“Daryl! Let’s go home,” said Jerry.
After tidying up the back of the box truck I strapped the old Zenith console next to our generator with winch straps. Cory, my crew mate, took notice of it as he stepped over me to rack a spade on the wall mount.
“Watchu gon’ do with that?” he asked.
“I don’t know,” I said.
“You know they was cookin’ meth in there right?”
“Were they?” I said, still tightening the straps.
“Probably still got some meth residue on it. Better watch out for that.”
“He could use a little snort. Looks like he’s fixin’ to keel over,” said Jerry as he tossed in a stack of safety cones at my feet. “You drive the truck back Cory. I don’t think he’s
gonna make it.”
Leaving the neighborhood, the houses looked identical to me. They all had the same single level architecture with the same flat yellow turf in front. There were college football flags and landscaping orbs at every corner. Cursive font welcome mats at each door. A sharp contrast from the hell down the street. I slumped into my seat and watched the mirror in silence as Cory drove us. I thought about the occupants of all of these houses and what they must think about the catastrophe. The conversations they’d have for weeks to come while fetching the mail, stopping during their morning jogs, walking their dogs. Gawking and speculating:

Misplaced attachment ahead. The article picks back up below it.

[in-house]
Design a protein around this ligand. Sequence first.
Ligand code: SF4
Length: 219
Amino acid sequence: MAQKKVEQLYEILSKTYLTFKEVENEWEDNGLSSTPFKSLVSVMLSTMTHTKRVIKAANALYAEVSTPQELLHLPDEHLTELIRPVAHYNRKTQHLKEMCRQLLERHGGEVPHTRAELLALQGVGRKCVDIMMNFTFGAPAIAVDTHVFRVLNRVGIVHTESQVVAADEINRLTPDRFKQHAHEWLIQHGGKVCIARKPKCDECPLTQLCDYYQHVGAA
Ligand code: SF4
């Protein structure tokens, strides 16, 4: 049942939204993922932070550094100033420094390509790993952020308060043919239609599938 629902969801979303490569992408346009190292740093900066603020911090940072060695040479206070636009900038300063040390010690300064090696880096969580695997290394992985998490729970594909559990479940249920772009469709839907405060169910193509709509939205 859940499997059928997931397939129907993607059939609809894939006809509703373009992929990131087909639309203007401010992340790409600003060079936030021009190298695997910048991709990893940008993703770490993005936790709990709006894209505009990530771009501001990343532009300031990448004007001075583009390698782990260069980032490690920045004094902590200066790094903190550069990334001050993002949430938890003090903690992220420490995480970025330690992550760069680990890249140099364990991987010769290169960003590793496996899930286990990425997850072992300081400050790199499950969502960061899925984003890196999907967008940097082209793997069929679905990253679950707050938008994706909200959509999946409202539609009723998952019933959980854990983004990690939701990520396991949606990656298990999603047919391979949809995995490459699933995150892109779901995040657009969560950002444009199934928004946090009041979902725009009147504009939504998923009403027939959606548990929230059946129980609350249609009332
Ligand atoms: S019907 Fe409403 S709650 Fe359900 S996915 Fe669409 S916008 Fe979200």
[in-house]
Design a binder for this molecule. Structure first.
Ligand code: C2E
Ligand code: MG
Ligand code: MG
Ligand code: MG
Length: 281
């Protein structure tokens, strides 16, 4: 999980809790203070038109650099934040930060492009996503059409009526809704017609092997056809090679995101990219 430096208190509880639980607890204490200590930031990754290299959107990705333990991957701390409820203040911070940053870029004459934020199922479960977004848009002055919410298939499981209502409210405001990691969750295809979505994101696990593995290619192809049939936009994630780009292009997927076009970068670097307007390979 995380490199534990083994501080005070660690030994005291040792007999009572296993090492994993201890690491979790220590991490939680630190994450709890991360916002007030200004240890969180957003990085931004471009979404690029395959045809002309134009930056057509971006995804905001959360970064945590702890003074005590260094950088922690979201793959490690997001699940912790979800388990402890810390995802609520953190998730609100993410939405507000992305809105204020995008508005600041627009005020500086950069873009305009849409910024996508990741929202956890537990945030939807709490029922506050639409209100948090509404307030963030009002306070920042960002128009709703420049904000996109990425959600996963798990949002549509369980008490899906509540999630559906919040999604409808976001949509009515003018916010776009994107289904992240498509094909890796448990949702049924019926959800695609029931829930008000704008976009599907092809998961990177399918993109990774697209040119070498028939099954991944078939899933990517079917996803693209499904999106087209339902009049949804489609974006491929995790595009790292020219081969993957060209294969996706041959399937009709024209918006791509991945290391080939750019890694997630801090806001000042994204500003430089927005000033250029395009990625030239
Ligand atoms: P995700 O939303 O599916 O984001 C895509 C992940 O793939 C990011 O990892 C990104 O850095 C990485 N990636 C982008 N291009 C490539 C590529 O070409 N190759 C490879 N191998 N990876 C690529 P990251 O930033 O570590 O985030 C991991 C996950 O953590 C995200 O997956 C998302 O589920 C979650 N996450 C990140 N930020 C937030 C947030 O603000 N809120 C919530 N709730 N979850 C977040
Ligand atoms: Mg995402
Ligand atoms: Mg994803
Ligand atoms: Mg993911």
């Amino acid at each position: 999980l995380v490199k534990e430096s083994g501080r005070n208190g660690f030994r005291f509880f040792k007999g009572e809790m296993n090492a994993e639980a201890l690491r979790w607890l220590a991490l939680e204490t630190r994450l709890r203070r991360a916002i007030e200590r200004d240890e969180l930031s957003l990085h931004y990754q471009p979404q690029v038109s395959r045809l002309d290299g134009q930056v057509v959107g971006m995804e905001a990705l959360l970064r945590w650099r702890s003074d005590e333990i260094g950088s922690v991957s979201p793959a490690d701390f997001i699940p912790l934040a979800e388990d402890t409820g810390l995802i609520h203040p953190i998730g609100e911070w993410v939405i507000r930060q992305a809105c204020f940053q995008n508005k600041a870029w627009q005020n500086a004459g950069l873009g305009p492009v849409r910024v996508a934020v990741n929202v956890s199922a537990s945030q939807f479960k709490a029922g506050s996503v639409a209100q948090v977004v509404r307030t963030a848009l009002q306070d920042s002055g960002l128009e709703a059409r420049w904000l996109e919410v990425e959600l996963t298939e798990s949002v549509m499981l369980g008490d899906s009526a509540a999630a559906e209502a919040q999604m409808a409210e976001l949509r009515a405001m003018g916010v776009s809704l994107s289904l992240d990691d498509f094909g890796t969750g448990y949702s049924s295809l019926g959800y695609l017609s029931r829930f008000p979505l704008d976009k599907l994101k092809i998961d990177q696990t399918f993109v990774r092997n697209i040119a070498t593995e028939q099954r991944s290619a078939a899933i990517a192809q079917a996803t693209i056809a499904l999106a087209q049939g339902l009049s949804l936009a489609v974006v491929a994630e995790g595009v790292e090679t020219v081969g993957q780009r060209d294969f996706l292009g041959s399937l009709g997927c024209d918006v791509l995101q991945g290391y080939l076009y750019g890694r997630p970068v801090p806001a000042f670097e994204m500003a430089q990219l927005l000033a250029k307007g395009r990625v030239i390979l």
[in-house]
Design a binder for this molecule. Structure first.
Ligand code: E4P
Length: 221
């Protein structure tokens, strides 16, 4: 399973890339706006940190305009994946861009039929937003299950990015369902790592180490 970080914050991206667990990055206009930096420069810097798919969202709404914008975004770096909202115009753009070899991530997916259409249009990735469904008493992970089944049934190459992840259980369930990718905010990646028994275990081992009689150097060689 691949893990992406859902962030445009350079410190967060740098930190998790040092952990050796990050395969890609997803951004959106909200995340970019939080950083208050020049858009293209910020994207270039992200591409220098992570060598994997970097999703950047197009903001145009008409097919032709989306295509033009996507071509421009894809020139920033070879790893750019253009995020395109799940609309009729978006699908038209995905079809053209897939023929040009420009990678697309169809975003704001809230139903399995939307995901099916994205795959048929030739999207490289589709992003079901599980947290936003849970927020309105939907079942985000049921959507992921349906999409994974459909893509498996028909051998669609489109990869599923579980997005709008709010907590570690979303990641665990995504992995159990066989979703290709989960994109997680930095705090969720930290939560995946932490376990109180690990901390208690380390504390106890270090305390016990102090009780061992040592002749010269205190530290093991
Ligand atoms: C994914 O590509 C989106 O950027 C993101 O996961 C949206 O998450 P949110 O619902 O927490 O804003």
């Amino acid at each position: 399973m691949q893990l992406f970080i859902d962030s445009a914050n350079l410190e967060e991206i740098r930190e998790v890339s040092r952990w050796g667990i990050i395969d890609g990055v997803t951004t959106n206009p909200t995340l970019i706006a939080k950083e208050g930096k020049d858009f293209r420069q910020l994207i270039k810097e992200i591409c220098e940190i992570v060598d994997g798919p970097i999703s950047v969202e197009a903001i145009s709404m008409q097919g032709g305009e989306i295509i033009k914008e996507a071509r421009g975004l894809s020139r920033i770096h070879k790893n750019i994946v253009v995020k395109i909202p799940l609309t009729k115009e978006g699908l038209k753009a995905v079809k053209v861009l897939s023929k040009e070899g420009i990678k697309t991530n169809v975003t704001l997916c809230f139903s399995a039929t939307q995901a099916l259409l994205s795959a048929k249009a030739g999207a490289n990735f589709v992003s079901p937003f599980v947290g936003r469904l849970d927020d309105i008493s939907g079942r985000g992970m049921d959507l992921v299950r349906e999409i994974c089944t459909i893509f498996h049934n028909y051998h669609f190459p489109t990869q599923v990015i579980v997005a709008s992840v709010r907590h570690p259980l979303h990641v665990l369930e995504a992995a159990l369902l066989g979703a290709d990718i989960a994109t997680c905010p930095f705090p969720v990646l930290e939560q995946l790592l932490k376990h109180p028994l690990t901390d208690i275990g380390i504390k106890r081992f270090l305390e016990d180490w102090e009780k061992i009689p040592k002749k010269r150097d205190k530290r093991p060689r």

“You know that’s Tonya’s niece who lived down there. Her and her boyfriend and Tonya. And they had a baby in there too bless his little heart. They’re not married. Tony went down to check on em’ after church but wan’t nobody home. Tony thinks the gas leaked or sumpthin. Sump’n must’ve sparked it. I don’t think the baby was home, thank the lord. Or at least I hope not. They ain’t been back since the fire.”
“Yeah I seen’t a fire truck up the road. They was there for a good three r’s. Watched the whole thing. They had to back down the road here. I’s afraid they’d roll off into the storm drain. I don’t know if it was drugs or what. Whole front half is just gone."
I watched them all appear. Standing at the curb in their bathrobes and windbreakers, fogging the air. Their eyes trained in the same direction — talking without looking at one another. Swaying ghoulishly. Barely moving at all. I caught my reflection in the side mirror and noticed a patch of blood in the white part of my eye. Ghouls.